So far, the federal government and 28 U.S. states have opened investigations into VW’s emission test cheating. Other countries investigating VW or its former CEO include South Korea, Switzerland, France, Italy, and Germany.
According to the EPA, VW installed cheating software on about 11 million diesel Audi and Volkswagen cars with four-cylinder engines manufactured for model years 2009 through 2015, including about 482,000 cars sold in the United States.
Volkswagen could have prevented all this by spending about $430 per car during manufacturing, Popular Science said.
States investigating VW now include Alabama, Arizona, Arkansas, California, Connecticut, Delaware, Florida, Illinois, Indiana, Iowa, Kentucky, Maine, Maryland, Michigan, Mississippi, Nebraska, Nevada, New Mexico, New York, North Carolina, Oregon, Pennsylvania, Rhode Island, Tennessee, Texas, Vermont, Virginia, and Washington.
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The EPA issued a notice of violation (NOV) of the Clean Air Act to Volkswagen AG, Audi AG, and Volkswagen Group of America, Inc. on September 18, 2015.
VW owns Audi.
The NOV alleges that four-cylinder Volkswagen and Audi diesel cars from model years 2009-2015 include software that circumvents EPA emissions standards for certain air pollutants.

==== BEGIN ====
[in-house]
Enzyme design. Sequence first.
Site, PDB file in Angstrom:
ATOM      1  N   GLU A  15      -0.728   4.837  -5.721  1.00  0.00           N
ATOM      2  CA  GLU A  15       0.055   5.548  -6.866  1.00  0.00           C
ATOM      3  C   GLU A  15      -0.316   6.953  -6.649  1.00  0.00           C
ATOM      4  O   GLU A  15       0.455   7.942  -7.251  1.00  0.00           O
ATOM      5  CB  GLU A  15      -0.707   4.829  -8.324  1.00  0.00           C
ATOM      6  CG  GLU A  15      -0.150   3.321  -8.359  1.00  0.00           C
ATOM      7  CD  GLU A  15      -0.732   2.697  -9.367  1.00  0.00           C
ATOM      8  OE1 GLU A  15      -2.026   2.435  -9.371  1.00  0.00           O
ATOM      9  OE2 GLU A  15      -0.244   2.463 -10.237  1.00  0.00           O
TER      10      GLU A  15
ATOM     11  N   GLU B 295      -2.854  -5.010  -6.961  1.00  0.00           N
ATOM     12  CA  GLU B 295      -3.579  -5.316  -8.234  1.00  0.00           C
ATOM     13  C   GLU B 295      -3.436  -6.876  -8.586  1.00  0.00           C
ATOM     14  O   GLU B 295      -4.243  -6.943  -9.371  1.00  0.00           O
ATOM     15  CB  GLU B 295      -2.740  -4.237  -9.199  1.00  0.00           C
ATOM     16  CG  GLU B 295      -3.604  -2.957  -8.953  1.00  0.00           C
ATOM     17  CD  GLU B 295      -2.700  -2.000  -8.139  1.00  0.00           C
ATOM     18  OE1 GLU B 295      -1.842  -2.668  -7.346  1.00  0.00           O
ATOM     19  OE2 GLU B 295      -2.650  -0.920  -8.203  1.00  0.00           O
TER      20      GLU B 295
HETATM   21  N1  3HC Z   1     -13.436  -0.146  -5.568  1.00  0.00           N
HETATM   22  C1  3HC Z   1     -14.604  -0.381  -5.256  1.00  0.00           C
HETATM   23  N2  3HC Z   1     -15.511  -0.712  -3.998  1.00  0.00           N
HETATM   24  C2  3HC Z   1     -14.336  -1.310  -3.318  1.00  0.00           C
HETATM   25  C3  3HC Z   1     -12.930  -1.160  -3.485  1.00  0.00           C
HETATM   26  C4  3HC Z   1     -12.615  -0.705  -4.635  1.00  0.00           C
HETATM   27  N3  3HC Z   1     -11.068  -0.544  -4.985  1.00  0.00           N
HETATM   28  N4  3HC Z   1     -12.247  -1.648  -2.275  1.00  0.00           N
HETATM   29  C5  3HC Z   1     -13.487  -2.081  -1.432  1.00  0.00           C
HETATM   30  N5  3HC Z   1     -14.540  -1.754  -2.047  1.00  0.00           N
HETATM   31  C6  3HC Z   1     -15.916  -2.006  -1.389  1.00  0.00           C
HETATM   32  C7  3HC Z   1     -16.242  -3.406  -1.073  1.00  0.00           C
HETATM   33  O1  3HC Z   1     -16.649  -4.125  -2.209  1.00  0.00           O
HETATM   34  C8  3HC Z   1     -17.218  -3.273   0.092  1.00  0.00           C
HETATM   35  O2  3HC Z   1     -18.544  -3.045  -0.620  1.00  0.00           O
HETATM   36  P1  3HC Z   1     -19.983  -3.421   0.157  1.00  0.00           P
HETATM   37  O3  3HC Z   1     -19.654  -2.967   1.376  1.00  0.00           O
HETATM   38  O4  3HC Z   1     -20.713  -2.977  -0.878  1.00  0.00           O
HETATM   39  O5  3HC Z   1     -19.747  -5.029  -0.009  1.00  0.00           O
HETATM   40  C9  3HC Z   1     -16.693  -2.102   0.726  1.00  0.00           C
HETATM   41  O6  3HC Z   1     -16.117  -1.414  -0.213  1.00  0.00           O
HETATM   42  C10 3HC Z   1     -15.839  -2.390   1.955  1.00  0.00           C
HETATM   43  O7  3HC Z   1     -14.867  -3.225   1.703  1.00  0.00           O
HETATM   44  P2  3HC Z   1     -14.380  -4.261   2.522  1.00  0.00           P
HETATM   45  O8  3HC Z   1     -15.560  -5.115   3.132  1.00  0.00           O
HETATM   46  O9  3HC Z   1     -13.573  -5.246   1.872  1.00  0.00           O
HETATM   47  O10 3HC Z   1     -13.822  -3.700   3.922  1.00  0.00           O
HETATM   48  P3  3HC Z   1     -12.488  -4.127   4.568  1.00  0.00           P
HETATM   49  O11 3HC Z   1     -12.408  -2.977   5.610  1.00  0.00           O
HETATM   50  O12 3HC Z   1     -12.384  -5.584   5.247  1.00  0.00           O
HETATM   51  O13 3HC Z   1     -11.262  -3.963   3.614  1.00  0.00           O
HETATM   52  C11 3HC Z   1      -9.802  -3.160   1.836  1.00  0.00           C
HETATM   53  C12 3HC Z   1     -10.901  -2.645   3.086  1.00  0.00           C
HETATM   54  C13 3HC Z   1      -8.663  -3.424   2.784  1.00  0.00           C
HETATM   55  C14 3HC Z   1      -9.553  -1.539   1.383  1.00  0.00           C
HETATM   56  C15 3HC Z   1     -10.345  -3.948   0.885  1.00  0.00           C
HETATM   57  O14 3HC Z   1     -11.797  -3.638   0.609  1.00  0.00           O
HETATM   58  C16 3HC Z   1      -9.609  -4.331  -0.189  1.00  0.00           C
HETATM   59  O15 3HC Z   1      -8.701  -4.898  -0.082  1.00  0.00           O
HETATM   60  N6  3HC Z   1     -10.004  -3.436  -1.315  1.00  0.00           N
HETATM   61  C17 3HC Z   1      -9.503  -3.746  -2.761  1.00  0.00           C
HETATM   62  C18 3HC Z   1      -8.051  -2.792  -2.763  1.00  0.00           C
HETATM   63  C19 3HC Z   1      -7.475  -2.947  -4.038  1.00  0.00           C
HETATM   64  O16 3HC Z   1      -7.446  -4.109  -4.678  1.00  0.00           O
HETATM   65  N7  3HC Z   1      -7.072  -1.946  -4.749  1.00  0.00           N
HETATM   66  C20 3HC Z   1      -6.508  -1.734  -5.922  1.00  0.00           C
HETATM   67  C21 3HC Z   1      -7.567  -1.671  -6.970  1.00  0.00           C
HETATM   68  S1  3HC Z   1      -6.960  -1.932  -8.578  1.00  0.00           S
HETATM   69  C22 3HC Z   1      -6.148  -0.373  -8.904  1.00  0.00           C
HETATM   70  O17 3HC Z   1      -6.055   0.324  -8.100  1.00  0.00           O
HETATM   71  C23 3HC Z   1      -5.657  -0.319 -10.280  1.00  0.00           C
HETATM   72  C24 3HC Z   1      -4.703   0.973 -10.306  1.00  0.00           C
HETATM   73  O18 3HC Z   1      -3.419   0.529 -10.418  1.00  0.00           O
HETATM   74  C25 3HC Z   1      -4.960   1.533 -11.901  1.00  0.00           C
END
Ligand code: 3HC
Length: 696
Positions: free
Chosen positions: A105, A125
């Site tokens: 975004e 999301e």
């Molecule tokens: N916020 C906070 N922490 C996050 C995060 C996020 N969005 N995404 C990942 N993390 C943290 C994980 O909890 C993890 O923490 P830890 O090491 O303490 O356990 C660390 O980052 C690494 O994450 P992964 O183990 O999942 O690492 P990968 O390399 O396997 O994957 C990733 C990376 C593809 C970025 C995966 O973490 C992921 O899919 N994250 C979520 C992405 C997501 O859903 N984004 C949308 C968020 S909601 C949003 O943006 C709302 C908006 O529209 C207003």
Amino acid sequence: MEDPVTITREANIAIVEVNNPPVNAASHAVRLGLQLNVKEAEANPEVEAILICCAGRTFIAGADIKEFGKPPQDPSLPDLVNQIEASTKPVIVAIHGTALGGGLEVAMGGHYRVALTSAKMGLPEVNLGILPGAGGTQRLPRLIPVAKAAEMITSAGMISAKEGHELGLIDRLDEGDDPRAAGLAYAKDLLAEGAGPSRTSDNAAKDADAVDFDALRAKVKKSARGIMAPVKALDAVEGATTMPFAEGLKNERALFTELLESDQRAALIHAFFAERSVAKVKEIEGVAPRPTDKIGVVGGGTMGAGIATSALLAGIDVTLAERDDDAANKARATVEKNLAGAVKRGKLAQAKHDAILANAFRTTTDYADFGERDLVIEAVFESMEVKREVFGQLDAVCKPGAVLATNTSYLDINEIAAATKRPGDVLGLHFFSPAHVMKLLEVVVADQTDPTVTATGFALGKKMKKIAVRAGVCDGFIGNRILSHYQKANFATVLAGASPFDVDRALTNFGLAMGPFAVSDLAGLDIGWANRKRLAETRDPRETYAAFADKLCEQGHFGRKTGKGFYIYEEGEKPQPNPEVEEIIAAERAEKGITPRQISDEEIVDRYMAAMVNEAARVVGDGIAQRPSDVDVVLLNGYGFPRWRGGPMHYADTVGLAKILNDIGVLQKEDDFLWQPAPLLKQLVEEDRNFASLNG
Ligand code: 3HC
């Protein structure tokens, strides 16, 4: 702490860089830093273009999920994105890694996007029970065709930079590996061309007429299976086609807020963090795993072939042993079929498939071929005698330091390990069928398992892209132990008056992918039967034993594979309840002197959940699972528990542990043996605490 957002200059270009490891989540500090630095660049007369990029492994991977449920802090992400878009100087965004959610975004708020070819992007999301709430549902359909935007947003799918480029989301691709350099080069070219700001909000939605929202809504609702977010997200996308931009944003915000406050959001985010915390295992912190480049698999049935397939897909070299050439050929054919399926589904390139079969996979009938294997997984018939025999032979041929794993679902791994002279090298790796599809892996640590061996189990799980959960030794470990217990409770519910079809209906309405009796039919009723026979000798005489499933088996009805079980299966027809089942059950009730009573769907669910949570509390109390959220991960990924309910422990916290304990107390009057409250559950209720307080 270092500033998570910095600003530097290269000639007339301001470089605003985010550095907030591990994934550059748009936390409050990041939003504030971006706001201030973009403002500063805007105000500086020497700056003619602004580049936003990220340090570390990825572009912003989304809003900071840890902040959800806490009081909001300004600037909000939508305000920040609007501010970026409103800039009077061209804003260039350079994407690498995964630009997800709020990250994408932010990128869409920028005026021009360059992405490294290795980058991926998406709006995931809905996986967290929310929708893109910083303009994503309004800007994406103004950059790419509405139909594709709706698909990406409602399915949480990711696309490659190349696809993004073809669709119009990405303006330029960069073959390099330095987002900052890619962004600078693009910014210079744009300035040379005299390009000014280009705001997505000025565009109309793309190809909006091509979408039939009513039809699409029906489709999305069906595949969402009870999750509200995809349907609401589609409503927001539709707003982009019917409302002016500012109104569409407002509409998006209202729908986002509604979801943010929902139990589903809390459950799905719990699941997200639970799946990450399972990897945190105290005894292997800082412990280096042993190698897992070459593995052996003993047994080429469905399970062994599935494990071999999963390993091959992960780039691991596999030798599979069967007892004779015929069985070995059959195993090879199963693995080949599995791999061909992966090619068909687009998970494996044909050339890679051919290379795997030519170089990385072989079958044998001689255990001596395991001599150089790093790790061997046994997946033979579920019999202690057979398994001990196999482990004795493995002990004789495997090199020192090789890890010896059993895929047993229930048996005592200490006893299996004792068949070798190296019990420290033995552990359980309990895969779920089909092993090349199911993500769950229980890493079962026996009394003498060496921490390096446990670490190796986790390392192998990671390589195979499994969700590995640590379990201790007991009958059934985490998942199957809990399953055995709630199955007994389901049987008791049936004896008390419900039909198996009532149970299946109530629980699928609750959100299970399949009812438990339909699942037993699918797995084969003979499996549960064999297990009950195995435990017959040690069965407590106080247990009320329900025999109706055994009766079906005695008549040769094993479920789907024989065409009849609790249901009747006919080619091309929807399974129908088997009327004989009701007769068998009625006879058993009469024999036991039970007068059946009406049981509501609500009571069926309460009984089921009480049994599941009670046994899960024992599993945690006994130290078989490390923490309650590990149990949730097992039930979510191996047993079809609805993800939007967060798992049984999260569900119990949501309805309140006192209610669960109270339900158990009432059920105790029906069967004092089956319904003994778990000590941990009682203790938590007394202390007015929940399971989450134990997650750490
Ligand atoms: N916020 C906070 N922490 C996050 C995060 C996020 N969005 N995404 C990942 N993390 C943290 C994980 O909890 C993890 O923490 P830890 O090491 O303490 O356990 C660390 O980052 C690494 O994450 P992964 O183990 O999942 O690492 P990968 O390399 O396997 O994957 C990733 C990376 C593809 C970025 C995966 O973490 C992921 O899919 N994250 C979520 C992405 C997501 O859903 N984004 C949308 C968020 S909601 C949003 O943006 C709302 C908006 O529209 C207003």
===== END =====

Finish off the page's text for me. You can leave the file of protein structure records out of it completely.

The software produced by Volkswagen is a “defeat device,” as defined by the Clean Air Act.
California is separately issuing an In-Use Compliance letter to Volkswagen, and EPA and the California Air Resources Board have both initiated investigations based on Volkswagen’s alleged actions.
Affected diesel models include:
- Jetta (MY 2009 – 2015)
- Jetta Sportwagen (MY 2009-2014)
- Beetle (MY 2012 – 2015)
- Beetle Convertible (MY 2012-2015)
- Audi A3 (MY 2010 – 2015)
- Golf (MY 2010 – 2015)
- Golf Sportwagen (MY 2015)
- Passat (MY 2012-2015)
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EPA standards control the allowable emission levels of nitrogen oxides (NOx), hydrocarbons, carbon monoxide, carbon dioxide, particulate matter, and certain toxic chemicals.
The VW defeat device affects the way the NOx control system operates, resulting in higher NOx emission levels from these vehicles than from vehicles with properly operating emission controls.
In the affected diesel vehicles, NOx emission levels are 10 – 40 times higher than emission standards.
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Here’s an ad from VW released in July 2015 bragging about its clean Golf SportWagen TDI diesel. The ad now looks dangerously deceptive.
Richard L. Cassin is the publisher and editor of the FCPA Blog. He can be contacted here.
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